YOURLS follows what I would call a “Web 2.0” approach, a term which I think should have been shot before it was even incepted. Clients always say, “This design isn’t ‘Web 2.0’ enough.” or “Yeah, this is good, but can you make it more… ‘Web 2.0’?” These clients don’t even understand what “Web 2.0” is, they’re just trying to sound savvy and keep up with the latest “trends.” If crappy gradients / color schemes, extremely rounded corners, and ill-fitting typography is what it takes to fit in, then I want to be as far away from conformity as possible.

I digress. The YOURLS code is messy in my opinion. Understandably so, as I don’t think the project was originally intended to be as big as it is. But still another reason that it will be easier for me to start from scratch. I prefer an object-oriented approach. Plus, this way, I’ll be able to easily integrate the new system with my new CMS I’m working on… but that’s another blog post.

The “Call to Action”?

The world doesn’t have enough URL shorteners. So I’m going to create another. Most likely a PHP / Redis approach, because I’m looking for my first project using Redis. But it could easily end up a PHP / SQL project as well. It really depends on how my experiments with Redis go. (I’m not extremely fond of the idea of everything being in memory; I’m really just looking for a NoSQL approach.) It will have to have an import feature, though, so I can copy all of my YOURLS links into the new system. And some sort of API for plugin creation. I’d also like some sort of module-esque system (plugins) to enable features like public URL submits, a user system, etc.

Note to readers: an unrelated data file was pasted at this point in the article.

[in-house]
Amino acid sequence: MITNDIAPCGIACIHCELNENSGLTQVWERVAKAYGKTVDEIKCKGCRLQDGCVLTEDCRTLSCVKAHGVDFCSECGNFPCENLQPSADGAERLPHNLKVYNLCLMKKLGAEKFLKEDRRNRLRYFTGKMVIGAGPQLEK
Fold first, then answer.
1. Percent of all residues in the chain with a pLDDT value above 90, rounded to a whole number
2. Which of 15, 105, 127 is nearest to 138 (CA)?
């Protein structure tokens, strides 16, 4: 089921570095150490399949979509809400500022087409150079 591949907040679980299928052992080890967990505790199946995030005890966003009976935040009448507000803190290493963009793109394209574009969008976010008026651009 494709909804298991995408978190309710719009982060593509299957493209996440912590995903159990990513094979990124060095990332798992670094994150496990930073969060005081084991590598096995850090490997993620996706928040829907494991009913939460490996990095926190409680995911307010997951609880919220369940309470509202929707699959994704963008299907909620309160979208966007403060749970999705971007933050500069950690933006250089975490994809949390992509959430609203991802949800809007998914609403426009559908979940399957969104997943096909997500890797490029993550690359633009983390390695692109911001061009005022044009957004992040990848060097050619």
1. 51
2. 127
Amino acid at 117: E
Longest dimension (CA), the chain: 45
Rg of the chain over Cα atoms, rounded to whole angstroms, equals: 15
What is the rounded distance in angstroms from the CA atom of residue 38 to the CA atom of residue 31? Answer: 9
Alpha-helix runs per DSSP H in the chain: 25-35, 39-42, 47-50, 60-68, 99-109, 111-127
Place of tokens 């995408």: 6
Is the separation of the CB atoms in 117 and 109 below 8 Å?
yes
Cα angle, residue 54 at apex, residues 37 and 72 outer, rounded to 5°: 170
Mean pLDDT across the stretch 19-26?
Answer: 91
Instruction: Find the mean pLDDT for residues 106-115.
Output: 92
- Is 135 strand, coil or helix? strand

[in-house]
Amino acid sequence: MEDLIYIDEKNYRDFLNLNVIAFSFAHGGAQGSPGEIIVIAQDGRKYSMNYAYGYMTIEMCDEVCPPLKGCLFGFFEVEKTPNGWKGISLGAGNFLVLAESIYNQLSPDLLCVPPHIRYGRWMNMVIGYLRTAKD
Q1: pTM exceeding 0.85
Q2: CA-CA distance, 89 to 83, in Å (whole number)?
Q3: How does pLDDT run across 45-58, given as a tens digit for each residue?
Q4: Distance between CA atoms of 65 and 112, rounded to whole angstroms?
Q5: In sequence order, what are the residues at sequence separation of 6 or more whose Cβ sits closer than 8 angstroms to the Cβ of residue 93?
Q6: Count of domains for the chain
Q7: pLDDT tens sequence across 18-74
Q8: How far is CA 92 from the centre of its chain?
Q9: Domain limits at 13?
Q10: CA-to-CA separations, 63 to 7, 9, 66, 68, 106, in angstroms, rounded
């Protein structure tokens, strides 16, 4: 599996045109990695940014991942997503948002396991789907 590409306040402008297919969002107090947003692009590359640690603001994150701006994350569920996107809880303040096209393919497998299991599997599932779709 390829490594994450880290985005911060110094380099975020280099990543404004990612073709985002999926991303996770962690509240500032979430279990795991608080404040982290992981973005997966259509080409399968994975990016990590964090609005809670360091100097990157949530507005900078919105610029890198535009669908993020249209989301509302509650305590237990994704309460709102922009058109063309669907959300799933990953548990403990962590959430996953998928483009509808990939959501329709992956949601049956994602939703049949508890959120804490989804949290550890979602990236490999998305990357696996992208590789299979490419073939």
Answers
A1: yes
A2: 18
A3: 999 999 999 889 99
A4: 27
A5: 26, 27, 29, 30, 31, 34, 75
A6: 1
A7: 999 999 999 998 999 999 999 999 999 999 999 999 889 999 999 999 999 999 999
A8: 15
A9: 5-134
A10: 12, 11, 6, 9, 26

Closing Irony

Some of you reading this clicked the short link, which is currently produced with YOURLS.

Debian, SVN

Setting up a chrooted SVN environment

Today, I set up SVN on my server for a friend’s school project. While it’s not the first time I’ve set up SVN, it is the first time I’ve needed to restrict the users to a specific directory. Keeping in mind that I refuse to use Apache on this particular server, there would be no dav_svn.

Installing SVN